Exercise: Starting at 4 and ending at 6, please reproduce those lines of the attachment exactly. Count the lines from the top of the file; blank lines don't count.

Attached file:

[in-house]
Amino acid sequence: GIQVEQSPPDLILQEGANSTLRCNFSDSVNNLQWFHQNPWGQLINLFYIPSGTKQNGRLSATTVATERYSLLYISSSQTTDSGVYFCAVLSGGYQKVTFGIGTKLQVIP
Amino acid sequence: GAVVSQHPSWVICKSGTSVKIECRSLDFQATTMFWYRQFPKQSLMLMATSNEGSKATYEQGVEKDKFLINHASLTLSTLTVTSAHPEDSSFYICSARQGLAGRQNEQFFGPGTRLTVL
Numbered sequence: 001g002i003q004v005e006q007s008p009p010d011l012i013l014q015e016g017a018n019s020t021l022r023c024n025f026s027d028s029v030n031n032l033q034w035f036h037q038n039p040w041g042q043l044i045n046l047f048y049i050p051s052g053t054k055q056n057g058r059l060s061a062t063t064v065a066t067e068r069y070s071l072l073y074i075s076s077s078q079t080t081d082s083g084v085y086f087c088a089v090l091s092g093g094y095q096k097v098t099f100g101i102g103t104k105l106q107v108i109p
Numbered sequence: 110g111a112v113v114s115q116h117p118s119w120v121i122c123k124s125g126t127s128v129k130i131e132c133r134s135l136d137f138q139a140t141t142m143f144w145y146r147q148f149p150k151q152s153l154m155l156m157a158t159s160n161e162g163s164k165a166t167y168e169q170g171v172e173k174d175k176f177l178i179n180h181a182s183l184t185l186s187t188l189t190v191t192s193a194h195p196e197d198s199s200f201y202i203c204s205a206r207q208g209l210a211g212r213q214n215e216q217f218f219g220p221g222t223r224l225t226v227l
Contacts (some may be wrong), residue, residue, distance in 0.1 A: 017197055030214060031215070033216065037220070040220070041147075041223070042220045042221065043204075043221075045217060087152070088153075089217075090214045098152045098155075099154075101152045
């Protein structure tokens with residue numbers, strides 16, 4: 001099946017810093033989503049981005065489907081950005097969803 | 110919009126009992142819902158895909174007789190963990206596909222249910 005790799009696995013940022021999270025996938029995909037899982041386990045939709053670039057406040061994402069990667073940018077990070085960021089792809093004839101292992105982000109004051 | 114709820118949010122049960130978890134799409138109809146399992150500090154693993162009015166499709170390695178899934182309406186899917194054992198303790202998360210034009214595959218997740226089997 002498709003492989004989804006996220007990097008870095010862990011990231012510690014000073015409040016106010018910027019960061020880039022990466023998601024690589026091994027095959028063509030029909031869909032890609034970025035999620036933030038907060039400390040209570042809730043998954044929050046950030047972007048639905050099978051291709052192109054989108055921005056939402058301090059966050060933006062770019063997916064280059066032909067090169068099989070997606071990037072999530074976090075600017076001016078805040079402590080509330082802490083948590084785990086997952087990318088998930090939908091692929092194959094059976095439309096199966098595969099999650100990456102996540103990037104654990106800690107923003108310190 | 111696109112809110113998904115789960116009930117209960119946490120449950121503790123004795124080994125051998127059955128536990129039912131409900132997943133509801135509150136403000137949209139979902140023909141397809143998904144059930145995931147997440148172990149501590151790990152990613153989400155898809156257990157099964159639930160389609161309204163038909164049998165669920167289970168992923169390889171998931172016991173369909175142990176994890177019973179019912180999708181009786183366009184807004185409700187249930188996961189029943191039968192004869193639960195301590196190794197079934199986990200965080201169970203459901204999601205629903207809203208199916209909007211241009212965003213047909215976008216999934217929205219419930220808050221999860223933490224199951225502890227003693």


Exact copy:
Numbered sequence: 001g002i003q004v005e006q007s008p009p010d011l012i013l014q015e016g017a018n019s020t021l022r023c024n025f026s027d028s029v030n031n032l033q034w035f036h037q038n039p040w041g042q043l044i045n046l047f048y049i050p051s052g053t054k055q056n057g058r059l060s061a062t063t064v065a066t067e068r069y070s071l072l073y074i075s076s077s078q079t080t081d082s083g084v085y086f087c088a089v090l091s092g093g094y095q096k097v098t099f100g101i102g103t104k105l106q107v108i109p
Numbered sequence: 110g111a112v113v114s115q116h117p118s119w120v121i122c123k124s125g126t127s128v129k130i131e132c133r134s135l136d137f138q139a140t141t142m143f144w145y146r147q148f149p150k151q152s153l154m155l156m157a158t159s160n161e162g163s164k165a166t167y168e169q170g171v172e173k174d175k176f177l178i179n180h181a182s183l184t185l186s187t188l189t190v191t192s193a194h195p196e197d198s199s200f201y202i203c204s205a206r207q208g209l210a211g212r213q214n215e216q217f218f219g220p221g222t223r224l225t226v227l
Contacts (some may be wrong), residue, residue, distance in 0.1 A: 017197055030214060031215070033216065037220070040220070041147075041223070042220045042221065043204075043221075045217060087152070088153075089217075090214045098152045098155075099154075101152045